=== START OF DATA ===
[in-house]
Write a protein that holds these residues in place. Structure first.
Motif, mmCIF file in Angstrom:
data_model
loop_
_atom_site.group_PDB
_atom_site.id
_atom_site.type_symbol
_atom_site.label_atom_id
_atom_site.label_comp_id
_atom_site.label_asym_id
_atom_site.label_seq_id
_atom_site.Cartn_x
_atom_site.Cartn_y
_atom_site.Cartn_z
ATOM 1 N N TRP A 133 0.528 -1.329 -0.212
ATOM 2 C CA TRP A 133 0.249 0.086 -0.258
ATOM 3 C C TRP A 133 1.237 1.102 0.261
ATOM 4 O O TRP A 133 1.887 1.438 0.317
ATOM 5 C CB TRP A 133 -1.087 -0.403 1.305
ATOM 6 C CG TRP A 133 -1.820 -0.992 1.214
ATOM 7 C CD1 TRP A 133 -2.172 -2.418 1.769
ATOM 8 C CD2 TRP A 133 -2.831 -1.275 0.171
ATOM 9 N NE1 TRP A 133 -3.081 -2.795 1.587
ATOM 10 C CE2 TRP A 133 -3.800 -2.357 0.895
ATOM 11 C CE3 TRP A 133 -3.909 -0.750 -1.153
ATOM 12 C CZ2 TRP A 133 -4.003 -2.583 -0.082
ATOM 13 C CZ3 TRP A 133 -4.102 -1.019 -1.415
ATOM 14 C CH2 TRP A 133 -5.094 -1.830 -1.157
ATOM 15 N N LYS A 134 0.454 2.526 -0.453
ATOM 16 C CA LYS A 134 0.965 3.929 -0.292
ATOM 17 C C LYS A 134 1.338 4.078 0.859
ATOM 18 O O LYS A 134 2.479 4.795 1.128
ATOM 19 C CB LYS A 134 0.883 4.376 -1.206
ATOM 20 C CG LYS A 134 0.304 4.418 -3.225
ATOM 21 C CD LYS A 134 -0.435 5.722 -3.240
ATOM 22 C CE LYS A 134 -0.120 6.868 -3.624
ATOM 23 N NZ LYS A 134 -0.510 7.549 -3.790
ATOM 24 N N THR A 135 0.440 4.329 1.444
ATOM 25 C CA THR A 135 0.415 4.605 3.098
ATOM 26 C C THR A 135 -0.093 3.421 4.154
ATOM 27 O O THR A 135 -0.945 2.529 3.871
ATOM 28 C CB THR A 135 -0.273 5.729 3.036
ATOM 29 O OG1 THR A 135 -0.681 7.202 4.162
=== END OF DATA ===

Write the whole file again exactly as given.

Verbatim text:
[in-house]
Write a protein that holds these residues in place. Structure first.
Motif, mmCIF file in Angstrom:
data_model
loop_
_atom_site.group_PDB
_atom_site.id
_atom_site.type_symbol
_atom_site.label_atom_id
_atom_site.label_comp_id
_atom_site.label_asym_id
_atom_site.label_seq_id
_atom_site.Cartn_x
_atom_site.Cartn_y
_atom_site.Cartn_z
ATOM 1 N N TRP A 133 0.528 -1.329 -0.212
ATOM 2 C CA TRP A 133 0.249 0.086 -0.258
ATOM 3 C C TRP A 133 1.237 1.102 0.261
ATOM 4 O O TRP A 133 1.887 1.438 0.317
ATOM 5 C CB TRP A 133 -1.087 -0.403 1.305
ATOM 6 C CG TRP A 133 -1.820 -0.992 1.214
ATOM 7 C CD1 TRP A 133 -2.172 -2.418 1.769
ATOM 8 C CD2 TRP A 133 -2.831 -1.275 0.171
ATOM 9 N NE1 TRP A 133 -3.081 -2.795 1.587
ATOM 10 C CE2 TRP A 133 -3.800 -2.357 0.895
ATOM 11 C CE3 TRP A 133 -3.909 -0.750 -1.153
ATOM 12 C CZ2 TRP A 133 -4.003 -2.583 -0.082
ATOM 13 C CZ3 TRP A 133 -4.102 -1.019 -1.415
ATOM 14 C CH2 TRP A 133 -5.094 -1.830 -1.157
ATOM 15 N N LYS A 134 0.454 2.526 -0.453
ATOM 16 C CA LYS A 134 0.965 3.929 -0.292
ATOM 17 C C LYS A 134 1.338 4.078 0.859
ATOM 18 O O LYS A 134 2.479 4.795 1.128
ATOM 19 C CB LYS A 134 0.883 4.376 -1.206
ATOM 20 C CG LYS A 134 0.304 4.418 -3.225
ATOM 21 C CD LYS A 134 -0.435 5.722 -3.240
ATOM 22 C CE LYS A 134 -0.120 6.868 -3.624
ATOM 23 N NZ LYS A 134 -0.510 7.549 -3.790
ATOM 24 N N THR A 135 0.440 4.329 1.444
ATOM 25 C CA THR A 135 0.415 4.605 3.098
ATOM 26 C C THR A 135 -0.093 3.421 4.154
ATOM 27 O O THR A 135 -0.945 2.529 3.871
ATOM 28 C CB THR A 135 -0.273 5.729 3.036
ATOM 29 O OG1 THR A 135 -0.681 7.202 4.162